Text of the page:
In today's art world many strange, even shocking, things qualify as art. In this Very Short Introduction Cynthia Freeland explains why innovation and controversy are valued in the arts, weaving together philosophy and art theory with many fascinating examples. She discusses blood, beauty, culture, money, museums, sex, and politics, clarifying contemporary and historical accounts of the nature, function, and interpretation of the arts.
Freeland also propels us into the future by surveying cutting-edge web sites, alongside the latest research on the brain's role in perceiving art. This clear, provocative book engages
with the big debates surrounding our responses to art and is an invaluable introduction to anyone interested in thinking about art. ABOUT THE SERIES: The Very Short Introductions series from Oxford University Press contains hundreds of titles in almost every subject area. These pocket-sized books are the perfect way to get ahead in a new subject quickly. Our expert authors combine facts, analysis, perspective, new ideas, and enthusiasm to make interesting and challenging
topics highly readable.
`Review from previous edition So many of the questions that define us as a culture have been raised through and by the art of recent decades, that without coming to terms with our art, we can scarcely understand ourselves. Cynthia Freeland has written a very smart book, in which high philosophical intelligence is applied to difficult questions raised by real works of art. It immediately situates the reader where thought and action meet, and since the issues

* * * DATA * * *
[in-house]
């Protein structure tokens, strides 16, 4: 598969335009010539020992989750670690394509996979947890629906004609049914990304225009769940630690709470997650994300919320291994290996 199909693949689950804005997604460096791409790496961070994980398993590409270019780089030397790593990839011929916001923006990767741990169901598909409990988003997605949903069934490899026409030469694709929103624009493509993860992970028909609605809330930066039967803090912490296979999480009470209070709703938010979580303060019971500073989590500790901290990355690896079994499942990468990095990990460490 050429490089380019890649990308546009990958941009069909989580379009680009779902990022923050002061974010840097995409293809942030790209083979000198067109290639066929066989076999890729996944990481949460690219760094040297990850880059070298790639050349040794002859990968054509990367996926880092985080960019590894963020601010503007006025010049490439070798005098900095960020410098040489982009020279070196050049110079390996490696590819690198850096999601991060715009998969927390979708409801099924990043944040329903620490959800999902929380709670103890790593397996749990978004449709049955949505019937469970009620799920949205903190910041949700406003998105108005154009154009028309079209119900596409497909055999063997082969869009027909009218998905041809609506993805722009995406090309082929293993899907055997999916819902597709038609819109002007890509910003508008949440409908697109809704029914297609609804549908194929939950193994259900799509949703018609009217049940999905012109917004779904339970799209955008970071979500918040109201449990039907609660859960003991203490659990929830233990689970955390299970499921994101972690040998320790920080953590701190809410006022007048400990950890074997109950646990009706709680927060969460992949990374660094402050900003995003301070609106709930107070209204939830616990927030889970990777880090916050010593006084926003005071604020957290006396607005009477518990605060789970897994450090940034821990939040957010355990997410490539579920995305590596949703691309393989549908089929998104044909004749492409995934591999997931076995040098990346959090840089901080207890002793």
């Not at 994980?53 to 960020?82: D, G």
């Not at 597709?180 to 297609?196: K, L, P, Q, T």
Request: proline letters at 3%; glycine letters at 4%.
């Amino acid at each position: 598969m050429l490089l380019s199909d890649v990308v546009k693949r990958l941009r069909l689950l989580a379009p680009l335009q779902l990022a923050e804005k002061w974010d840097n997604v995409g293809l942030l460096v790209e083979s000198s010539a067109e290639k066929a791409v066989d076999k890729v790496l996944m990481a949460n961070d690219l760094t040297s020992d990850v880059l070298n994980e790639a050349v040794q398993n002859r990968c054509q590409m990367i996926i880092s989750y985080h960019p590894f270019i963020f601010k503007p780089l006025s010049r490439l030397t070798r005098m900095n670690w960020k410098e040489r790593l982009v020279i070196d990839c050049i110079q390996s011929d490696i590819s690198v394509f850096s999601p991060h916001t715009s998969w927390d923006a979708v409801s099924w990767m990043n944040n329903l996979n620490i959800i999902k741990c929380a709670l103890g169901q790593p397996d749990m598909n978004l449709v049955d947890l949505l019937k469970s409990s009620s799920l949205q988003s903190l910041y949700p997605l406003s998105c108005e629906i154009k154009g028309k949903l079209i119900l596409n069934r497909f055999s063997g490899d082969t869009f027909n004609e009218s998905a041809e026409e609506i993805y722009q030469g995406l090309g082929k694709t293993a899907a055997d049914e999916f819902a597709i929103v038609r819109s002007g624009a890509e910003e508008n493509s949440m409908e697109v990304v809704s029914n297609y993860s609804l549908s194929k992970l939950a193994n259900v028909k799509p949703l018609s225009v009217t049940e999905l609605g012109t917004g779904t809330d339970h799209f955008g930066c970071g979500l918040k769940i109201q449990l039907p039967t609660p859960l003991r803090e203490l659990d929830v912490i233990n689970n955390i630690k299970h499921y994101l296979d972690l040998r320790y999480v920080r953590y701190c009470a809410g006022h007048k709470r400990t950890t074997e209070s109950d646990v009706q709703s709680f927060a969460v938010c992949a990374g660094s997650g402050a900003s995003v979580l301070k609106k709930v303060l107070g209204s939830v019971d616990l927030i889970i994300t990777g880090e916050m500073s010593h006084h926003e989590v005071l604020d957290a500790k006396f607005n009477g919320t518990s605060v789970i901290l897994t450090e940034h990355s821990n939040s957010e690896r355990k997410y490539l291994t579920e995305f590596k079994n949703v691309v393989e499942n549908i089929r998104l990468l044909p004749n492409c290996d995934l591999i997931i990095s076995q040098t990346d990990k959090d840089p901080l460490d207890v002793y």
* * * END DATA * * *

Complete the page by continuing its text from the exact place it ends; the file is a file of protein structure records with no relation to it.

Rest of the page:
are inescapable, it should be required reading for everyone.
I know of no work that moves so swiftly and with so sure a footing through the battle zones of art and society today.'
Arthur C. Danto, Columbia University, author of After the End of Art
`This pocket potboiler provides some answers, a lot of questions and plenty of entertainment along the way'
`a pacy and readable introduction to art history'
Independent on Sunday
`admirable for its scope, compactness and exceptional clarity. Reader-friendly and thought-provoking'
`a book of simplicity and clarity that may well come to rival John Berger's Ways of Seeing as a reader's digest of the rubric of theories that make up contemporary art criticism . . . This is a valuable book for anyone perplexed by the arcane theorising of contemporary art'
Sue Hubbard, The Independent
`a useful crib'
List of Illustrations
1: Blood and Beauty
2: Paradigms and Purposes
3: Cultural Crossings
4: Money, Markets, Museums
5: Gender, Genius, and Guerrilla Girls
6: Cognition, Creation, Comprehension
7: Digitizing and Disseminating